MLB Home Run Derby: Controversial Trey Mancini Home Run Eliminates Matt Olson
Dustin Bradford/Getty Images. Pictured: Trey Mancini.
The Home Run Derby used to always be pretty relaxed in terms of enforcing the rules, but Monday night’s contest at Coors Field saw some legitimate controversy early on.
Trey Mancini was the first batter to go, and he put on quite a show. Mancini had 17 home runs in his first three minutes, and he was seemingly given a swing on a pitch that was delivered with no time on the clock.
Well, according to the Home Run Derby rules, that pitch should not have counted. Mancini had already earned his extra minute because of the length of his longest home run (496 feet). He earned six more home runs in his extra minute, putting his total at 24.
It should have been 23, though, which is what Olson finished with.
An MLB official told The Action Network’s Darren Rovell that the calls were made on the field by the umpire.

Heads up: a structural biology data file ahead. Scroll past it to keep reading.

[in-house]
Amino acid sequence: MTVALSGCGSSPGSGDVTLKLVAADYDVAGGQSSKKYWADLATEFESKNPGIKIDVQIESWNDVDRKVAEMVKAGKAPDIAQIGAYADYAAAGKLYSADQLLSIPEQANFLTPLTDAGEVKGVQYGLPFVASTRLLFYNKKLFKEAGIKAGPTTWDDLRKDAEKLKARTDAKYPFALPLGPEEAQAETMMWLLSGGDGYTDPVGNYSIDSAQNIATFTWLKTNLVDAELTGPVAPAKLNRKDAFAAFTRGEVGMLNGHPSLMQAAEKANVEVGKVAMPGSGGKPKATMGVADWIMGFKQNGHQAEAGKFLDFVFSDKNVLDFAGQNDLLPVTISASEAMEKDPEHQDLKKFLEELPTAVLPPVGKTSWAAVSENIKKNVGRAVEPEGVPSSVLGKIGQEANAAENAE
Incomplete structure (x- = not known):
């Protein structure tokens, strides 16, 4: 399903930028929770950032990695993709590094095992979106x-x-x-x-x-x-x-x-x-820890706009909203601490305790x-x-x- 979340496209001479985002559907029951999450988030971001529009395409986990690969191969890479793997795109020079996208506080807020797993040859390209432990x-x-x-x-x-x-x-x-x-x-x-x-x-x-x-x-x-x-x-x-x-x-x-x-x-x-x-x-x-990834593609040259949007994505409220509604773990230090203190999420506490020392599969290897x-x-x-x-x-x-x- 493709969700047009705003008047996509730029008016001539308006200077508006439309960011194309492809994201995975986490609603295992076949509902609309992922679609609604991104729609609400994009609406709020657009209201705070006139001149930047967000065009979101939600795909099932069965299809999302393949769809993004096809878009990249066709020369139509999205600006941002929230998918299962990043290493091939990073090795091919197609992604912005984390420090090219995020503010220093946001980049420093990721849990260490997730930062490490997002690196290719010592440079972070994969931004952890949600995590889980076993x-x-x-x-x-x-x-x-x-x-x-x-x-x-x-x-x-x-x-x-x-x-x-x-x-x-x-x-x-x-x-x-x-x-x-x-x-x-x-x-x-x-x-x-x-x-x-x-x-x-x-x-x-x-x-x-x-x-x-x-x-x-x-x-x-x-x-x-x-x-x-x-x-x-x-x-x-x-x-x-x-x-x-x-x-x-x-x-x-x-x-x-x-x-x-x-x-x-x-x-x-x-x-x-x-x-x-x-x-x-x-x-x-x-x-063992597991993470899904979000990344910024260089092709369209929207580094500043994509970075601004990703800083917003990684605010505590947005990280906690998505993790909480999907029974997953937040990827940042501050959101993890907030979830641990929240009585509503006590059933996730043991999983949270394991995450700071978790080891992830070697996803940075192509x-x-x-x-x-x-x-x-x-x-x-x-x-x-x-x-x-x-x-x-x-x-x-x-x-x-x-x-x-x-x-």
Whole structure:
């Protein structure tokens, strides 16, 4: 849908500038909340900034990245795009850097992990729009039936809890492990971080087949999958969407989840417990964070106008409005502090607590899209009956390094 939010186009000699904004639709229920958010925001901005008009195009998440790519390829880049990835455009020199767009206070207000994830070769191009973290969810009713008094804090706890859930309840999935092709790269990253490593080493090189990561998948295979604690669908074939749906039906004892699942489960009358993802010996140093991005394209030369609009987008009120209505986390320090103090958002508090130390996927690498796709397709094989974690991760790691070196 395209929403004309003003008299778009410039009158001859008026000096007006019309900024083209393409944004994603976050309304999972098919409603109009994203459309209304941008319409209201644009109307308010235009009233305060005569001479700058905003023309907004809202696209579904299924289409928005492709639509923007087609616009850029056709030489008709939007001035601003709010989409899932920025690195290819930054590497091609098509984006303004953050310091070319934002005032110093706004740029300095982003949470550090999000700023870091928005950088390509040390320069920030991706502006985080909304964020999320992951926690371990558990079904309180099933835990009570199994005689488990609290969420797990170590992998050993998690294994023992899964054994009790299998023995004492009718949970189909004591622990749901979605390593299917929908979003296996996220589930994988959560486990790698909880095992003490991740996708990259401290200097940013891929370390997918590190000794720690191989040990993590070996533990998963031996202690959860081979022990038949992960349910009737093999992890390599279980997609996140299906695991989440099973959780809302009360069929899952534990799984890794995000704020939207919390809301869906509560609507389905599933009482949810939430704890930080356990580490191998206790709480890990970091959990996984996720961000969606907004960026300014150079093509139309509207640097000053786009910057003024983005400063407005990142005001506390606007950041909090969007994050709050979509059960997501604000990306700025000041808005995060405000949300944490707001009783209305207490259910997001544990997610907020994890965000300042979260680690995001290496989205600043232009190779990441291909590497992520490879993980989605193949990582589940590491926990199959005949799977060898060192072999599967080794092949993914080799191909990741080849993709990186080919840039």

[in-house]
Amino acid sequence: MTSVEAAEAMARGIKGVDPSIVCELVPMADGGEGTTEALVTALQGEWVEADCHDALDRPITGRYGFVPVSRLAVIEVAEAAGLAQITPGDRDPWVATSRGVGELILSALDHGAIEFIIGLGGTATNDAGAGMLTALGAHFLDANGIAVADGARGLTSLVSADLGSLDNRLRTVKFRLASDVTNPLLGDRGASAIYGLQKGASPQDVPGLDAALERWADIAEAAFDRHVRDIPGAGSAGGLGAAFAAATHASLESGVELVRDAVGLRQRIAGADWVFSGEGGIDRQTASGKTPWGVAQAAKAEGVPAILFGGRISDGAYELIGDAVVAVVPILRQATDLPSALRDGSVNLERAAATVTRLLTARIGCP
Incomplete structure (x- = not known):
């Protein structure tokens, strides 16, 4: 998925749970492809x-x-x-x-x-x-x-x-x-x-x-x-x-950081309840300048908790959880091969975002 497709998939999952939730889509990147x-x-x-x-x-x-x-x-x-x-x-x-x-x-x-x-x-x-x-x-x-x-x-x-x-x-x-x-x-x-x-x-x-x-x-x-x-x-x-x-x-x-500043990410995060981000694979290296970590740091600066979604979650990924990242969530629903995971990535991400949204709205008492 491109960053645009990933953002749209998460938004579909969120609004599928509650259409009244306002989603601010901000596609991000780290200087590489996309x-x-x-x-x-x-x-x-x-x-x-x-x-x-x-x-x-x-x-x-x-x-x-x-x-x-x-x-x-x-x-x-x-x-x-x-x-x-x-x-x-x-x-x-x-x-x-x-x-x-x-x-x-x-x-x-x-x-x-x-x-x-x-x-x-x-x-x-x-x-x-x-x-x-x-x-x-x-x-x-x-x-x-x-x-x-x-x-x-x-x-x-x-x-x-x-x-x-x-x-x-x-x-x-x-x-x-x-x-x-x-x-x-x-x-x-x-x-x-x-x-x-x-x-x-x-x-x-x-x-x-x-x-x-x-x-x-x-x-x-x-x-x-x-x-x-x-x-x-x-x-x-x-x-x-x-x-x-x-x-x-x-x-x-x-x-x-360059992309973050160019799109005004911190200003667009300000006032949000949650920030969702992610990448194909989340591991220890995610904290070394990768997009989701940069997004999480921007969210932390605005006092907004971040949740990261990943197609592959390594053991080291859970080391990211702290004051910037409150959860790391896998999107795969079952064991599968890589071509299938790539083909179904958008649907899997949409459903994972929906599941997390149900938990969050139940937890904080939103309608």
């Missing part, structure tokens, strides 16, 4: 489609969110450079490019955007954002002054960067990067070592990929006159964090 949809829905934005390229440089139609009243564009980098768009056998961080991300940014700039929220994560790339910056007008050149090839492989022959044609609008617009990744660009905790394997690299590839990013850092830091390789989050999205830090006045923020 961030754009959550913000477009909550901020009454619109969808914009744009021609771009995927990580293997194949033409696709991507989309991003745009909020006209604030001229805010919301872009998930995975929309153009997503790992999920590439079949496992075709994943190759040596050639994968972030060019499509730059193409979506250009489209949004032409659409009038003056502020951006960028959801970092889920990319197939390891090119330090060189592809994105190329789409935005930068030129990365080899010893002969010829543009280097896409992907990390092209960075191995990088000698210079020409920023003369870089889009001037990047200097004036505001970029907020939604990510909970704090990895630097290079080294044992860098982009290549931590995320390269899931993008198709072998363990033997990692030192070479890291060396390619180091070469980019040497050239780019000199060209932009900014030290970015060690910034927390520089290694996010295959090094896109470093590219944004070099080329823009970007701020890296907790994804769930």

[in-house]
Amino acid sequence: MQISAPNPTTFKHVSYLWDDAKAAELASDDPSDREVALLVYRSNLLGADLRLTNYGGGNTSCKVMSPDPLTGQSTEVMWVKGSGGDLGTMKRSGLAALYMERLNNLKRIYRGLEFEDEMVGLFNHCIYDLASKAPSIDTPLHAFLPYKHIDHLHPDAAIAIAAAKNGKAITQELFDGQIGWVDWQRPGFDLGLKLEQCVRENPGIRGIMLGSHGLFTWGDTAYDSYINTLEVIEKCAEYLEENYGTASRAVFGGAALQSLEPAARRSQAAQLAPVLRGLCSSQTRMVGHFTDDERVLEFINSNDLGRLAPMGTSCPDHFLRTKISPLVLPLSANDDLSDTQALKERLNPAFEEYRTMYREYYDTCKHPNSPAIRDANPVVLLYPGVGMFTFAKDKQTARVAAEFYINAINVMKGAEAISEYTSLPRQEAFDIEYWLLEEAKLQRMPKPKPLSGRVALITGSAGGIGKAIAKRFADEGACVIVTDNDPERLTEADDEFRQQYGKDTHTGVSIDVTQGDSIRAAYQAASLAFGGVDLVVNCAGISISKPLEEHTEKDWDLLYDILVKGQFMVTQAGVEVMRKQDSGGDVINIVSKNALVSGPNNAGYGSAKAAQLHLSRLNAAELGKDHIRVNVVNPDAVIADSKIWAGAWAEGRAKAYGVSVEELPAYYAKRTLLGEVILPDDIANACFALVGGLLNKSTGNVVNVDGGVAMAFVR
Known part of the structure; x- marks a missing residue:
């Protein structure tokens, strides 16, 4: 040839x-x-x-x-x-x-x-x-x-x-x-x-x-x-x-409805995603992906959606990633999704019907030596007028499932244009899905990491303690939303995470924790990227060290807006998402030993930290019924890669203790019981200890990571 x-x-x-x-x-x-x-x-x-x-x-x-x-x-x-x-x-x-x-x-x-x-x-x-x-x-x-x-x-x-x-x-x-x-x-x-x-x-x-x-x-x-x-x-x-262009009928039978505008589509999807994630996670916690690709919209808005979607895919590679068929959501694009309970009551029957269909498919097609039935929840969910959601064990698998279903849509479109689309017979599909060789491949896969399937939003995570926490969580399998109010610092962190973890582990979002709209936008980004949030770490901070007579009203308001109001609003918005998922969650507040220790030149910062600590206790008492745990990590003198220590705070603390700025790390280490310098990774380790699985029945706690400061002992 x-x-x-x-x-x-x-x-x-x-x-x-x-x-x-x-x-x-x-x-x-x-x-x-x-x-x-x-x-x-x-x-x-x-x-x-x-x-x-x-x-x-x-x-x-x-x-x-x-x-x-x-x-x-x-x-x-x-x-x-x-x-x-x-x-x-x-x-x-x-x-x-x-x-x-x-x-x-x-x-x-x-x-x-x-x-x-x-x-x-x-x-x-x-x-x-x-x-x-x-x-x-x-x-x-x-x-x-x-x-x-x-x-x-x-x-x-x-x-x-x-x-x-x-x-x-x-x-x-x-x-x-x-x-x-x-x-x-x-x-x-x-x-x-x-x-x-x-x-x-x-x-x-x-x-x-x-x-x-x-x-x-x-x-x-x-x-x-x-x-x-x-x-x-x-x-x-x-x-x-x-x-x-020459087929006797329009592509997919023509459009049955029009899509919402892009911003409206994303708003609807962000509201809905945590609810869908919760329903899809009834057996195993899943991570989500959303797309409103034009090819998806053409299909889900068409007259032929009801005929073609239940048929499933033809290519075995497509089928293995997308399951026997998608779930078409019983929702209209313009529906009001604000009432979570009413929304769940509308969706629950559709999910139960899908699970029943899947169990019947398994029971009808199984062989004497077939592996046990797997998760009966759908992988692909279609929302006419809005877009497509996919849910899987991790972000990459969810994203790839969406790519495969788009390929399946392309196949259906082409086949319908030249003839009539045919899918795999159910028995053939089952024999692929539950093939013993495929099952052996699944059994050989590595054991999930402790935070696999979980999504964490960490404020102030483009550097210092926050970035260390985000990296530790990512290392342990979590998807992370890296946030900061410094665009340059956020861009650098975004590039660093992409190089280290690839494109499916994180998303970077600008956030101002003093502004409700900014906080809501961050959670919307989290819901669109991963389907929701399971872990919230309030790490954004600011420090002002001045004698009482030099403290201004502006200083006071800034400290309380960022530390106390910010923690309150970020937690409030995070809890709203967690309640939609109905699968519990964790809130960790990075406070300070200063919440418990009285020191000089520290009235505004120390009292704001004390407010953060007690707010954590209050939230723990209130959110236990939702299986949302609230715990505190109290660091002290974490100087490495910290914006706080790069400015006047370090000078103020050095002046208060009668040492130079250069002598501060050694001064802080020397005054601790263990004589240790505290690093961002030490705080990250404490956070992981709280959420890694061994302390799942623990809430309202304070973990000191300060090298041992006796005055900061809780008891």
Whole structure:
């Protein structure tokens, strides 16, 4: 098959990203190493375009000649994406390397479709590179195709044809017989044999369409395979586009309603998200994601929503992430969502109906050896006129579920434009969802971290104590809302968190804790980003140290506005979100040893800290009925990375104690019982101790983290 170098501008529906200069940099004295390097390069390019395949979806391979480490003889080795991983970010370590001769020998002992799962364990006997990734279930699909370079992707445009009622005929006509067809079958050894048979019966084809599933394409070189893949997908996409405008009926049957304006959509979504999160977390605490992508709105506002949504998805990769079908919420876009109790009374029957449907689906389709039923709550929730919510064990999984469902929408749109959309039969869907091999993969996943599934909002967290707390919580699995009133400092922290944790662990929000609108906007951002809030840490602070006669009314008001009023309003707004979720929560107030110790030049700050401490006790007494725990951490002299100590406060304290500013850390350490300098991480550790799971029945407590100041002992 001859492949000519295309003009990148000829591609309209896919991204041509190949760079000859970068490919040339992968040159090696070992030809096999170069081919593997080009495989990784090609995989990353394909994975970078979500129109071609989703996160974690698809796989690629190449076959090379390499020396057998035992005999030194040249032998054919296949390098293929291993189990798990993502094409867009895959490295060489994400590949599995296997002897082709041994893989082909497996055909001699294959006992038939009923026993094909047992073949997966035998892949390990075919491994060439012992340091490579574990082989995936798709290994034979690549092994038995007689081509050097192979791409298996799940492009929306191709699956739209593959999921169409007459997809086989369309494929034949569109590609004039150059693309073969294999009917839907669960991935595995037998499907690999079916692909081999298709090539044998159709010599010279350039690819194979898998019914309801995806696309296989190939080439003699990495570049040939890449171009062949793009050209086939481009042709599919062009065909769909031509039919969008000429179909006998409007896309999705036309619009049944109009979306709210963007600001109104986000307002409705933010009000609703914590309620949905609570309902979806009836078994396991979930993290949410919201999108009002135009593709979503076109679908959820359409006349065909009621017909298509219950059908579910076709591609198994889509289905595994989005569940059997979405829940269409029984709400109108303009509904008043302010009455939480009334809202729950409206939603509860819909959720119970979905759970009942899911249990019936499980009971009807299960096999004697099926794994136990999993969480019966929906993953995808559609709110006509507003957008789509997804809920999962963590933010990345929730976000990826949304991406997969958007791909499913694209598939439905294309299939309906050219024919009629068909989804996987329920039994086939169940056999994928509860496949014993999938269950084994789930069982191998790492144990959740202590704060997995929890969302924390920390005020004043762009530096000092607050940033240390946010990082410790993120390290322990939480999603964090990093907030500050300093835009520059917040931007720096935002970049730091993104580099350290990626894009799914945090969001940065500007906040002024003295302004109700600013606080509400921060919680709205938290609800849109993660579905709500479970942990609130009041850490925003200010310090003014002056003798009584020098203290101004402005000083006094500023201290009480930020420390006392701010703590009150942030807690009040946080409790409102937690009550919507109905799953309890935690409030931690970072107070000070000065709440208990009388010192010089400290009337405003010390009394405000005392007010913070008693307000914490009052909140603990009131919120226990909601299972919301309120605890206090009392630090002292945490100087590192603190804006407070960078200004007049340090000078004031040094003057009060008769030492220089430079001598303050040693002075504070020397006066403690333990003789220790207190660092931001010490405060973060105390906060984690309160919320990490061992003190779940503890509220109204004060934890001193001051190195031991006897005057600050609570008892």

Here’s exactly what MLB’s Home Run Derby rules say:
Batters will have three minutes per round in the first and second rounds and two minutes in the final round. The clock starts with the release of the first pitch, and the round ends when the timer strikes zero. A homer will count so long as the pitch was released prior to the timer hitting zero.
In the next matchup, Trevor Story hit 20 before Joey Gallo, one of the two favorites, stepped up to the plate. Gallo started out slowly before hitting homer after homer during his extra minute.
Gallo had 19 home runs in the dying seconds of his round and hit one on a pitch that came after the buzzer expired. That one was not counted, though, unlike Mancini’s.
Both Gallo and Olson were heavy favorites in their first-round matchups. Gallo was -165 to beat Story (+140), while Olson was -200 against Mancini (+165).
Olson closed at +600 to win the contest, while Mancini was +1600, the second-highest number behind Salvador Perez.